That attitude of seeing work as something inherently fulfilling often puts him at odds with other characters and sub-plots throughout the show. On many occasions, Hank’s approach to work often clashes with other characters who go out of their way to avoid hard work or seek to make as much money as they can for as little effort as possible.

His son, Bobby Hill, often embodies that sentiment and not just because he’s terrible in gym class. In multiple episodes, Bobby’s fondness of laziness is not very subtle. When faced with the prospect of having to work hard, he usually does what he can to avoid it. More often than not, trying to avoid the work backfires or ends up being more laborious than the work itself.

He’s not the only one who harbors this attitude. Hank’s loud-mouthed neighbor, Kahn Souphanousinphone, attempts more than one get-rich-quick-scheme throughout the show. To him, work is always a means to an end. Even though his job affords him more money and better material assets, or so he claims, he rarely comes off as fulfilled as Hank.

Even when money isn’t the endgame, others still approach work with a different end in mind. Hank’s wife, Peggy, approaches her job as a substitute teacher with more passion and purpose than most. For her, though, the work she does is less about the money and more about feeding her inflated ego. In some cases, it borders on outright narcissism.

Regardless of intent or goal, “King of the Hill” often comes back to the same theme with respect to work. Hank, for all his faults and shortcomings, has the right attitude when it comes to work. It’s not just about having your dream job and doing what you love for a living. It’s about seeing work as inherently fulfilling, regardless of money or material aspirations.

At a time when the future of work will likely change what it means to have a career, Hank Hill may very well be ahead of his time. Even in the current work climate, his has major value. It’s a perspective that most kids and teenagers don’t appreciate. For some, it may not even be an idea they’ve ever contemplated, the notion that a job could be so inherently fulfilling.

It may still seem like an impossible ideal for many, but Hank Hill shows that it’s not that impossible. Selling propane and propane accessories isn’t one of those jobs that requires a rare set of skills or talents. It requires only basic people skills, salesmanship, and a working knowledge of propane.

Hank didn’t go to college and he didn’t go through some rigorous training to achieve what he achieved. He simply took a simple job selling propane and propane accessories and made it part of his passion. Even in an animated world where impossible things can happen, Hank makes his approach to his job feel attainable, even in the real world.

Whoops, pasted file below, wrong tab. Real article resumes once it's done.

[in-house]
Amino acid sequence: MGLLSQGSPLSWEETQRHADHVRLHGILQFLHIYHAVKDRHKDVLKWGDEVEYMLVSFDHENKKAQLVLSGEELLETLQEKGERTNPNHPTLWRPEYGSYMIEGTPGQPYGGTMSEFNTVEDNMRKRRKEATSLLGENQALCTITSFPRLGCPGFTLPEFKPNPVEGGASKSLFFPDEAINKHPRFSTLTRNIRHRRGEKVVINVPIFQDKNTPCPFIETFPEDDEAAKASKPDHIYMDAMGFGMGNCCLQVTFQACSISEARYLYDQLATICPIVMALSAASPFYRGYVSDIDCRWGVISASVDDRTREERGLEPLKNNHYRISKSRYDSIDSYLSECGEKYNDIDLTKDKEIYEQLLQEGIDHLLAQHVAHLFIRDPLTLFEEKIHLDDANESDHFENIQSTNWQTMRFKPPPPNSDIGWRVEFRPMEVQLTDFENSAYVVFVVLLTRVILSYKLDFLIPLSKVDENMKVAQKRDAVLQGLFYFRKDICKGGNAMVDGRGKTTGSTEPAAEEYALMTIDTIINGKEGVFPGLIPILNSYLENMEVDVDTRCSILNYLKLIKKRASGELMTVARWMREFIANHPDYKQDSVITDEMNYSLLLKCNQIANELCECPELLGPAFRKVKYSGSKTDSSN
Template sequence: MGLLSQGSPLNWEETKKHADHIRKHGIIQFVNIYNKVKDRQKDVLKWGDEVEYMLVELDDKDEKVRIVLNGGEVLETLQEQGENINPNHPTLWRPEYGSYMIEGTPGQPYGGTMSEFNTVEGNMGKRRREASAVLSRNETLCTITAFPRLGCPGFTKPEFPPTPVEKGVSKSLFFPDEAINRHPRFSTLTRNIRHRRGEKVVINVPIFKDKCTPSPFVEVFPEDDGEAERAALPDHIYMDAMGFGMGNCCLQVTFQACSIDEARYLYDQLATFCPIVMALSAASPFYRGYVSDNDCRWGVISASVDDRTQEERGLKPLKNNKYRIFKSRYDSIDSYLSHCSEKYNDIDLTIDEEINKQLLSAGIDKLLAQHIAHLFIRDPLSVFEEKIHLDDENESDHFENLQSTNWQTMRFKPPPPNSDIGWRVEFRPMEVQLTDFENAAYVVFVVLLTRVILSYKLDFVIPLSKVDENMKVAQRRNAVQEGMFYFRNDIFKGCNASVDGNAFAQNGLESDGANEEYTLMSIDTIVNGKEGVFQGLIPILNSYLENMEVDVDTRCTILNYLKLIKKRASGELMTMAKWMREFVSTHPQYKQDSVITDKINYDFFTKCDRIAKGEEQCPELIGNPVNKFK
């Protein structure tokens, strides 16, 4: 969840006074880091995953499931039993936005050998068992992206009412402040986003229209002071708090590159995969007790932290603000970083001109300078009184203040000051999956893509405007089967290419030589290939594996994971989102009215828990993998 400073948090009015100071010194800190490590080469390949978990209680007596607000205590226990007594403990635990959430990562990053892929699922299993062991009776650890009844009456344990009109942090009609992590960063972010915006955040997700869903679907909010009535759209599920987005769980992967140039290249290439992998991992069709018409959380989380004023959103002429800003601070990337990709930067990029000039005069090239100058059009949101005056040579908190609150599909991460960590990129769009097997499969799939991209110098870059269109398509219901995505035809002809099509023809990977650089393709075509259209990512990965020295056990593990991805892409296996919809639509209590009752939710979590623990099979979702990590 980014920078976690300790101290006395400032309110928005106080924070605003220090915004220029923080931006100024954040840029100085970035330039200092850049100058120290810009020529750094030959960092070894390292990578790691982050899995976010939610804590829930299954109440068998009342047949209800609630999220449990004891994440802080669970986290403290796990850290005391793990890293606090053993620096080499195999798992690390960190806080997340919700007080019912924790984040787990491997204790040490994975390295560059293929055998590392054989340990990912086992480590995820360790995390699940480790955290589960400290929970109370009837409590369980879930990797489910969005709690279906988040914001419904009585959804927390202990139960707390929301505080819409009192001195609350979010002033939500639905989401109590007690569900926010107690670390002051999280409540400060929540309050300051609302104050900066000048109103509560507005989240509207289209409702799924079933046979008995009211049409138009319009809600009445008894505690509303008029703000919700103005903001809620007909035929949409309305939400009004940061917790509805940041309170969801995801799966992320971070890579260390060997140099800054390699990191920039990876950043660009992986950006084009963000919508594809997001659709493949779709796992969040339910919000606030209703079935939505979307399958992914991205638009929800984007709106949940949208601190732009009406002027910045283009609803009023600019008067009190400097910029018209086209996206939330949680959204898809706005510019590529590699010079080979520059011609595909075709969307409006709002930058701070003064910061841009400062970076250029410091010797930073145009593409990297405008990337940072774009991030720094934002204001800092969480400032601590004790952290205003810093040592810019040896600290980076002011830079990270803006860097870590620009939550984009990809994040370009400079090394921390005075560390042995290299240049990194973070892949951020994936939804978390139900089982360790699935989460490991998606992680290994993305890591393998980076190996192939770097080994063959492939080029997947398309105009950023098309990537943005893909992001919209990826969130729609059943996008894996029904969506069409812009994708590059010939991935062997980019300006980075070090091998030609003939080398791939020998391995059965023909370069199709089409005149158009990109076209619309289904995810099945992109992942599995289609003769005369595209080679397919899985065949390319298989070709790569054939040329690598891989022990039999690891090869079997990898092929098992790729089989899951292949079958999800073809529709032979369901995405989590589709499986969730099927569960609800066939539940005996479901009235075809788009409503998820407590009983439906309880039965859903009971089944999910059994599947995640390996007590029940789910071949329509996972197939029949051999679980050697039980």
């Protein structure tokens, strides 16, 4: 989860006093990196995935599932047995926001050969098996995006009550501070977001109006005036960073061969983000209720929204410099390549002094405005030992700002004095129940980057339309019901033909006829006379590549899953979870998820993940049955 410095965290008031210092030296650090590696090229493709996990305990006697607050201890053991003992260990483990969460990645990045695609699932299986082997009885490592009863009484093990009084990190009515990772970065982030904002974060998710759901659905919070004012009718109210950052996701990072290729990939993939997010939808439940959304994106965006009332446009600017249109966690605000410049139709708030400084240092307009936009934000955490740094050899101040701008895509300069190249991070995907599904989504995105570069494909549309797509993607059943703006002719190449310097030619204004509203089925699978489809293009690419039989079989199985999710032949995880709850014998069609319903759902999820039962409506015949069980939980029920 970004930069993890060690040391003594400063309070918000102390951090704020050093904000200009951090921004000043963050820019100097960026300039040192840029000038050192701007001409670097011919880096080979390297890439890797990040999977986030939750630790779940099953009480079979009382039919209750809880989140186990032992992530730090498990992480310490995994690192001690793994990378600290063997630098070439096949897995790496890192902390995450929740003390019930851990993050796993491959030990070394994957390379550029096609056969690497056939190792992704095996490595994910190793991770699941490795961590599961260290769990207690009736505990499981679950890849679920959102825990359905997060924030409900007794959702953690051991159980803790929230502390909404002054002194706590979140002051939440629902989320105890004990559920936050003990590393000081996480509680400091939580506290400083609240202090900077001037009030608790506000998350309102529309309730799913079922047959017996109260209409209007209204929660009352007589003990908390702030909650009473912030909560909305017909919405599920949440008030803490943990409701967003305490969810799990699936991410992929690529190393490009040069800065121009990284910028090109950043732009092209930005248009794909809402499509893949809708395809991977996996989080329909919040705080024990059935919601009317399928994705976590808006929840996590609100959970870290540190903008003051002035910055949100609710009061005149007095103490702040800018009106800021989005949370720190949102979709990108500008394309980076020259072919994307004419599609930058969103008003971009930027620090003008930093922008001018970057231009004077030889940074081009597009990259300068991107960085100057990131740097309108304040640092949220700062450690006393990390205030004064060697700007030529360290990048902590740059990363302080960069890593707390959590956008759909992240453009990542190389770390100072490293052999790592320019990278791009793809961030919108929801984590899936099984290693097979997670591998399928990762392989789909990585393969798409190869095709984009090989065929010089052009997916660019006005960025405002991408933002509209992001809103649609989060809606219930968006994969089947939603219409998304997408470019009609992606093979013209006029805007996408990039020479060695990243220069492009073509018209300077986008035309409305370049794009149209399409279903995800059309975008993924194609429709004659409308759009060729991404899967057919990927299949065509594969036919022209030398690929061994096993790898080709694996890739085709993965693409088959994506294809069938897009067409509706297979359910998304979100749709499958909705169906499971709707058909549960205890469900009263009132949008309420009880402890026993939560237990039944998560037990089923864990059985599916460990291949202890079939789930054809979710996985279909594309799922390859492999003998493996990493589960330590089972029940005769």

Appreciating Hank’s work ethic was not the first thing that appealed to me when I watched “King of the Hill” when it was still on the air. However, as I get older and see people wrestle with their careers, I see more and more merit to Hank’s approach to work.

I don’t deny that hard work can be tedious, at times. I also don’t deny that every job, even so-called dream jobs, have bad days every now and then. Even Hank has a few bad days at Strickland Propane throughout the course of the show. That still never discourages him from doing his job as well as he does it and getting genuine fulfillment from it.

There are plenty of lesson in “King of the Hill” that are as relevant now as they were when the show first aired. It’s possible for people of all ages to appreciate those lessons and the comedy that comes with it. That’s part of what made the show so successful for so many years.

When it comes to work ethic and approaching a career, Hank Hill stands out more than most. He sells propane and propane accessories better than anyone has or probably ever will, but that’s not the point. For him, the work itself is the greatest reward. Whether you appreciate his many other quirks or not, that’s a sentiment worth respecting.

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The Secular Theology of “Lucifer” (The TV Show)

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What happens when you die?

Does our consciousness live on in some form?

Is there a way in which people who escaped punishment in life ultimately face it in death?

These are distressing, but profound questions that form the backbone of nearly every major religion. From the major Abrahamic faiths to the lore of ancient civilizations, there are many ways to approach this question. We all contemplate our mortality at some point and wonder/dread what will happen after our mortal bodies fail us.

Even some non-believers have mused about it at some point. Whereas religion tends to speculate wildly on the possibilities, an secular view of the afterlife isn’t too different from how it views deities. In the same way there’s no evidence for any gods or supernatural forces, there’s no evidence that consciousness exists outside the human brain.

That’s what makes the recently-canceled, but saved by Netflix show, “Lucifer,” such a compelling contributor to this age-old question. Beyond Tom Ellis flexing his uncanny charm, the show achieves something remarkable in how it approaches gods, angels, demons, and the afterlife. I would even go so far as to say that it crafts a theology that affirms secular values over those of any religion.